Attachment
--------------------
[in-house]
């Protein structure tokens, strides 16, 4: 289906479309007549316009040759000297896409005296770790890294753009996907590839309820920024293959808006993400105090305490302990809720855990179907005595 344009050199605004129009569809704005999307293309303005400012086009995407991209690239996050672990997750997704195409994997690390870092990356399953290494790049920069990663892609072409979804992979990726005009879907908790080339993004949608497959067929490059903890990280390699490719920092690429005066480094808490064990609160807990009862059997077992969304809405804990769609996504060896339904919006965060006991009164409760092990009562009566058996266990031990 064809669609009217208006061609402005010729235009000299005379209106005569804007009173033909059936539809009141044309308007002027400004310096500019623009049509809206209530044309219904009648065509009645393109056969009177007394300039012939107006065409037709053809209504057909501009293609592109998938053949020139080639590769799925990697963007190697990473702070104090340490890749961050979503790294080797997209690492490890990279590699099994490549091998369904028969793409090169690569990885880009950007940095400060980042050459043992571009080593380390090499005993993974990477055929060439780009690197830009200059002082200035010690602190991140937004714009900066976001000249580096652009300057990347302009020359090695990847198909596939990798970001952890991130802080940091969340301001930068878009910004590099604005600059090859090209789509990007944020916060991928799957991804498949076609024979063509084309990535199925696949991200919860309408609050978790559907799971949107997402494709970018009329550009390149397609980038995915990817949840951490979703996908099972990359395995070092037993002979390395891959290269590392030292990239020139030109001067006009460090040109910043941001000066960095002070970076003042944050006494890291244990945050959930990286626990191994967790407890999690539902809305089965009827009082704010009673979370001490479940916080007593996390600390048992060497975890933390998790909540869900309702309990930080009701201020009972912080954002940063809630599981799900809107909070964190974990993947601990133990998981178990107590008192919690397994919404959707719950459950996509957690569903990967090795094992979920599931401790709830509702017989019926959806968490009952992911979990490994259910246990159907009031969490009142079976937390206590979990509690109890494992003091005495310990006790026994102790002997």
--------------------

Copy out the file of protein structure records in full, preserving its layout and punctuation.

[in-house]
């Protein structure tokens, strides 16, 4: 289906479309007549316009040759000297896409005296770790890294753009996907590839309820920024293959808006993400105090305490302990809720855990179907005595 344009050199605004129009569809704005999307293309303005400012086009995407991209690239996050672990997750997704195409994997690390870092990356399953290494790049920069990663892609072409979804992979990726005009879907908790080339993004949608497959067929490059903890990280390699490719920092690429005066480094808490064990609160807990009862059997077992969304809405804990769609996504060896339904919006965060006991009164409760092990009562009566058996266990031990 064809669609009217208006061609402005010729235009000299005379209106005569804007009173033909059936539809009141044309308007002027400004310096500019623009049509809206209530044309219904009648065509009645393109056969009177007394300039012939107006065409037709053809209504057909501009293609592109998938053949020139080639590769799925990697963007190697990473702070104090340490890749961050979503790294080797997209690492490890990279590699099994490549091998369904028969793409090169690569990885880009950007940095400060980042050459043992571009080593380390090499005993993974990477055929060439780009690197830009200059002082200035010690602190991140937004714009900066976001000249580096652009300057990347302009020359090695990847198909596939990798970001952890991130802080940091969340301001930068878009910004590099604005600059090859090209789509990007944020916060991928799957991804498949076609024979063509084309990535199925696949991200919860309408609050978790559907799971949107997402494709970018009329550009390149397609980038995915990817949840951490979703996908099972990359395995070092037993002979390395891959290269590392030292990239020139030109001067006009460090040109910043941001000066960095002070970076003042944050006494890291244990945050959930990286626990191994967790407890999690539902809305089965009827009082704010009673979370001490479940916080007593996390600390048992060497975890933390998790909540869900309702309990930080009701201020009972912080954002940063809630599981799900809107909070964190974990993947601990133990998981178990107590008192919690397994919404959707719950459950996509957690569903990967090795094992979920599931401790709830509702017989019926959806968490009952992911979990490994259910246990159907009031969490009142079976937390206590979990509690109890494992003091005495310990006790026994102790002997």